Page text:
The recent news about the city of Detroit going bankrupt has made me think a lot about the downfalls of defined-benefit pensions lately. And it’s leading me to the conclusion that these pension plans are bad for everybody, and they need to just disappear.
If you’re not familiar with the issue, the city of Detroit has been through a few economically brutal decades that have left it desperate, and the city government has declared bankruptcy because it can no longer afford to meet its financial obligations. Much of what caused the bankruptcy is the city’s inability to fund the pensions of retired or soon-to-retire public service employees. And if you look at the historical causes of Detroit’s problems, a lot of them can be linked to defined-benefit pension problems too: Expensive pension systems are one of the factors that crippled the auto manufacturing industry that had kept Detroit humming throughout the 20th century.
Defined-benefit pensions aren’t the only culprit in Detroit, for sure, but they are a big problem that needs to be addressed. The entire scheme is inherently unsustainable, and it hurts everyone involved in the long run. Here are three reasons why pension plans should disappear.
1) Organizations can’t afford them.
Detroit’s local government is the one making headlines right now, but it’s hardly the only public-sector organization struggling with pension funding right now. Hundreds — if not thousands — of city and state governments around the country have major underfunded pension liabilities that they don’t know how to solve. Many experts think that Detroit’s bankruptcy is just one of many to come. And that doesn’t even include the schools, universities and other quasi-public sector organizations that have their backs up against the wall with pensions.
The truth is that the promise of a defined-benefit pension — that an employer will continue to provide income and health care for retired workers until they die — was always a pipe dream. In a highly competitive and volatile economic world, employers simply can’t afford to pay and care for their retirees. And with health care improving, those workers are living longer than ever before, which is placing greater strain on an already under-funded pension system.
The private sector, on the other hand, figured this out a long time ago. Most companies have switched from defined-benefit pensions to defined-contribution retirement plans, in which the employer helps the employee invest for retirement by matching their contributions to a 401(k) or similar plan. This is a far better solution, and the public sector should go this route as well.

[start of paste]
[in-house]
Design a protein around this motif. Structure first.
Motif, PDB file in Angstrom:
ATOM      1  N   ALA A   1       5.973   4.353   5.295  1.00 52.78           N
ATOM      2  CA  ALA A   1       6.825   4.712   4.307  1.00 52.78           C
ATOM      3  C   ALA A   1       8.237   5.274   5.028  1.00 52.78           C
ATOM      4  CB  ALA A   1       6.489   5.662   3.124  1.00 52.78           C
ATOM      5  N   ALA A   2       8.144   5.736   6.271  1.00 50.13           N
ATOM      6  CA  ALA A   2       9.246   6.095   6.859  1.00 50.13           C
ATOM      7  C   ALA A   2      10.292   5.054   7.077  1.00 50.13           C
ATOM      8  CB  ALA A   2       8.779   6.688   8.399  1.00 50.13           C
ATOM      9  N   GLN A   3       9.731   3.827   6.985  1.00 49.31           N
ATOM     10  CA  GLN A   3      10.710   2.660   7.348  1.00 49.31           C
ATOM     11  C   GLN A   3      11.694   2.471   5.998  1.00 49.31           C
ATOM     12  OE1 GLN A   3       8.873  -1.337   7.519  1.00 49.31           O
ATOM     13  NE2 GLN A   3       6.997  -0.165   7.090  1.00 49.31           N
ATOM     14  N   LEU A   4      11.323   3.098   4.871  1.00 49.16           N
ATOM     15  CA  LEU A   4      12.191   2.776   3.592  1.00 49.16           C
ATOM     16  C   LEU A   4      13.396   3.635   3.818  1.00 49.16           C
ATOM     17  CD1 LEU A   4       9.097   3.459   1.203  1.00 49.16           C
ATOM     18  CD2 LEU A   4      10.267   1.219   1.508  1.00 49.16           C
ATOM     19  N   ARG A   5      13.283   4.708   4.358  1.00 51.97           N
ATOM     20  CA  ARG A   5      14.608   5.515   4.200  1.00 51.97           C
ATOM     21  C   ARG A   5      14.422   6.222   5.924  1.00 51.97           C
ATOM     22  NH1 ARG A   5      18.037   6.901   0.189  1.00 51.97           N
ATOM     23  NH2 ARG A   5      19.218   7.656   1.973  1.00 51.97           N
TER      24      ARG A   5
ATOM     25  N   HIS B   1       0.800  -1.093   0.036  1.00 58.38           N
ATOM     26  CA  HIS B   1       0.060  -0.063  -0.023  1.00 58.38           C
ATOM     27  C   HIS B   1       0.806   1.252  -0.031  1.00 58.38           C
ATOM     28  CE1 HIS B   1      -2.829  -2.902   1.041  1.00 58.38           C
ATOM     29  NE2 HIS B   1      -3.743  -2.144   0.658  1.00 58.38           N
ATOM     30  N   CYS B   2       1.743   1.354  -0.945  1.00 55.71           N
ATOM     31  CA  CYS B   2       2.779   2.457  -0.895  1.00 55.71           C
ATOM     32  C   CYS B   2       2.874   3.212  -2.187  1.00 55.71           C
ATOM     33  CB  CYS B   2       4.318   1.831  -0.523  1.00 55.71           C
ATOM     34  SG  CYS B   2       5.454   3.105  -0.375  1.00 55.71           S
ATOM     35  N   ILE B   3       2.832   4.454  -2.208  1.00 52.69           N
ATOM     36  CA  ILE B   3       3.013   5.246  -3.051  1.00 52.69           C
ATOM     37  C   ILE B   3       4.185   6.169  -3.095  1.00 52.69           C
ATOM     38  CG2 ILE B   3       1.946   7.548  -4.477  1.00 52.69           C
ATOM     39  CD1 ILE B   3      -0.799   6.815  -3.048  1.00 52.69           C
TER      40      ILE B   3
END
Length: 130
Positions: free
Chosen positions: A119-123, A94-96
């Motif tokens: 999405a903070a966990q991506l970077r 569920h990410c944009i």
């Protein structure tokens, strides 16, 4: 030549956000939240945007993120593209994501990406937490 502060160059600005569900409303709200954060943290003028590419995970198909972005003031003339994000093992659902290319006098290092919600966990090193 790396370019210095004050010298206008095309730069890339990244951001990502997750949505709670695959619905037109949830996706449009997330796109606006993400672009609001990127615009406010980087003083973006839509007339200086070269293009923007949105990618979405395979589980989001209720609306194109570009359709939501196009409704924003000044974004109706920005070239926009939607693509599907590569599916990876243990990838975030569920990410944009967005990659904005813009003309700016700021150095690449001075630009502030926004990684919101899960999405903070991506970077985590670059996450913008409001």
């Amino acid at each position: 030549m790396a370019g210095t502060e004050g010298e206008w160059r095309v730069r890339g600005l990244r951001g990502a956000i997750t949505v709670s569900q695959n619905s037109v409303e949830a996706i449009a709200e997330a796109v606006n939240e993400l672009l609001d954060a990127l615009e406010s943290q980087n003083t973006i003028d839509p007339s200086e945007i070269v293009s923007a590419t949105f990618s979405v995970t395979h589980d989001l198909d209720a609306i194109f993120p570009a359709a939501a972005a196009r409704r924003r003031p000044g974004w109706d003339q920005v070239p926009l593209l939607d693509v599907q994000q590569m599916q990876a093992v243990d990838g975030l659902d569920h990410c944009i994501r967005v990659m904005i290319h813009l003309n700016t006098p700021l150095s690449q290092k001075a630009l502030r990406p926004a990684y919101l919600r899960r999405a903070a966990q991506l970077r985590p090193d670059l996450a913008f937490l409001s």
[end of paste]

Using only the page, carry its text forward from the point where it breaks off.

2) Workers don’t save like they should.
Defined-benefit pensions create a false sense of security among the workers who expect to receive them. Many people who have a pension coming don’t do any investment or retirement savings on their own, which leaves them in a precarious situation: First of all, it limits the income that they’ll have in retirement to the company pension and Social Security, which may not be enough to maintain the lifestyle that they expect.
The second pitfall for employees who don’t save on their own is that pensions aren’t a sure thing. If you manage to make it through a 40-year career without switching jobs or having other employment problems, then you can get your pension at the end. But life is rarely predictable, and there are many things that can interrupt your plans. If you lose your job, if your organization closes or goes out of business, if life circumstances require you to stop working for a while — any of these things could cause you to lose your pension. If you lose your pension and you don’t have your own retirement savings, you’re in serious trouble.
Defined-contributions, like a 401(k) or an IRA, on the other hand, belong to the employee, not the employer, so that savings is always in place, no matter what your employment situation.
3) Pensions leave no inheritance.
God’s Master Plan for our money teaches that leaving an inheritance for future generations is important, but defined-benefit pensions get in the way of us doing that. The reason is a bit technical, but bear with me.
Whether it’s a pension or a 401(k), all retirement systems work essentially the same way: Whoever is doing the savings for retirement takes a set amount of money each month or year and invests it into the stock market. The idea is that over the course of a career, the money that has been set aside (and the investment gains accrued) will amount to a large enough principle that the retiree can live off of the gains returned off of that principle every year (anywhere from 5-12%, depending on the investments). This leaves the large principle untouched and provides income for the retiree.
Where the two systems differ, though, is in the question of who owns the principle. In a defined-contribution plan, the employee owns the principle, which can easily amount to several million dollars. This means that when the employee dies, the principle passes on to his or her heirs. In a defined-benefit pension, though, the employer owns the principle. This means that when the employee dies, the company keeps its principle (and probably uses it to pay someone else’s pension). The heirs, on the other hand, get none of that principle.
We’ve just breezed over a subject that can be very complicated. But the basic facts are indisputable: Defined-benefit pensions are unsustainable for employers, unsafe for employees and non-existent for their heirs. We can do better; in fact, we already know how. It’s time for the defined-benefit pension to disappear.
Photo by Bob Jagendorf. Used under Creative Commons License.